Understand the services of index providers and the completeness of that information provided to advisory boards. 

Assess whether conflicts of interest between index providers and advisors are adequately addressed. 

Review the effectiveness of the compliance programs of the Funds for portfolio management and the supervision of such programs by their boards. 
  
Smaller and/or thinly traded ETFs.  

Some of the compliance risks, conflicts, and practices the staff will assess include whether: 
Investment risks are adequately communicated to investors, including risks related to the liquidation of ETFs. 

Board supervision includes the ability of the ETF to continue as a constant concern. 

Tracking errors are monitored effectively. 

Portfolios are adequately liquidated for distribution on liquidation to shareholders. 

Delisting and associated liquidation procedures have been approved and supervised by the board, as applicable. 
  
Mutual funds with aberrational under performance relative to their peer groups. 
During the examinations, staff will assess whether the mutual funds’ and/or their advisers’ have appropriate: 

Policy, procedures and practices and related oversight, in particular, those related to portfolio management activities and investment risks. 

Portfolio management activities, including risk identification, monitoring, and mitigation practices to assess how advisors manage portfolio holdings and liquidity of mutual funds.  

Valuation and pricing policies and procedures that include understanding the pricing practices of mutual funds and the use of vendors, in particular concerning illiquid securities and other potentially tricky to value securities or asset classes.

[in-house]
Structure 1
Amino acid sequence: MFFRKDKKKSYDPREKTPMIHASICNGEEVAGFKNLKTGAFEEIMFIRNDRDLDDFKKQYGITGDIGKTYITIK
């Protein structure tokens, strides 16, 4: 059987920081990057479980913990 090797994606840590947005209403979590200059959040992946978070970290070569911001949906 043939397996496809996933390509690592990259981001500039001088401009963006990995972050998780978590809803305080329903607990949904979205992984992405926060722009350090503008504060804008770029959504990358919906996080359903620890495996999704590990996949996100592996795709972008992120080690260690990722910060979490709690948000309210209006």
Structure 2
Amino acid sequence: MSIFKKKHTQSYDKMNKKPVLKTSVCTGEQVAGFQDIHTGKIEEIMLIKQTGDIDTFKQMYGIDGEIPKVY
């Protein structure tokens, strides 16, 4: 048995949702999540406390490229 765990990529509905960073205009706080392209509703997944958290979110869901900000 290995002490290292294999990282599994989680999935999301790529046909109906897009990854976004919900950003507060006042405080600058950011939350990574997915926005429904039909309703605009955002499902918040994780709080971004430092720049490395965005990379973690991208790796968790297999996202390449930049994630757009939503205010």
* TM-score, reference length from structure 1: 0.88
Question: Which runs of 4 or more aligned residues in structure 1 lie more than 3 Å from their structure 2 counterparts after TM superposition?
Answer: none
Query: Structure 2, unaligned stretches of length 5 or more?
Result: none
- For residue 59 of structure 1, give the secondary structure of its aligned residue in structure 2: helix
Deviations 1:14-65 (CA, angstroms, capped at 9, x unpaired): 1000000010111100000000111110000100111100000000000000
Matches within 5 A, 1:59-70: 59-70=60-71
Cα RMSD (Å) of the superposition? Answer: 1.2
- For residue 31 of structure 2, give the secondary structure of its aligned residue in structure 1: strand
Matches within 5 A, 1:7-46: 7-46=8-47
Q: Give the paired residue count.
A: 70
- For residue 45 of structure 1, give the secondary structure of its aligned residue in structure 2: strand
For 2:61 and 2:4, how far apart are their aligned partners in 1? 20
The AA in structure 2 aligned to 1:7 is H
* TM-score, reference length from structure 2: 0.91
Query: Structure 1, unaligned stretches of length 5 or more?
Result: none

Governance and supervisory practices, especially with regard to pricing; and information on investors, especially with regard to investment risk.  
  
Side-by-side management of mutual funds and private funds. 

The staff will evaluate advisers’: 

Policies and procedures for dealing with conflicts of interest and other risks associated with side-by-side management, especially those related to certain portfolio management practices and portfolio development.  

Controls to ensure appropriate brokerage, best performance, and trade allocation practices, including the aggregation of trade and the allocation of investment opportunities per the fiduciary duty of the advisors.  

Assignment practices for different fees and expenses.  

Disclosures to boards of investors and funds.  

Funds managed by advisers that are relatively new to managing registered investment companies.  

The staff will evaluate: 

Governance of the Fund to ensure that boards have sufficient information to carry out their functions.  

Effectiveness of compliance programs for advisors and funds.  

Marketing efforts and distribution related to the funds. 
  
The purpose of this risk warning is to highlight the risks and problems identified by OCIE personnel. In addition to the risks described in this Risk Alert, other risks may be appropriate and some of the issues dealt with in this Risk Alert may not be relevant to a company's business. The suitability of monitoring, compliance and other risk management systems can be determined only from each company's profile and other facts and circumstances.  







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1 comment:

  1. Always a good time to review your 38(a)-1 compliance program and reviews in light of regulatory updates. The fund board should be made aware of regulatory changes.

    ReplyDelete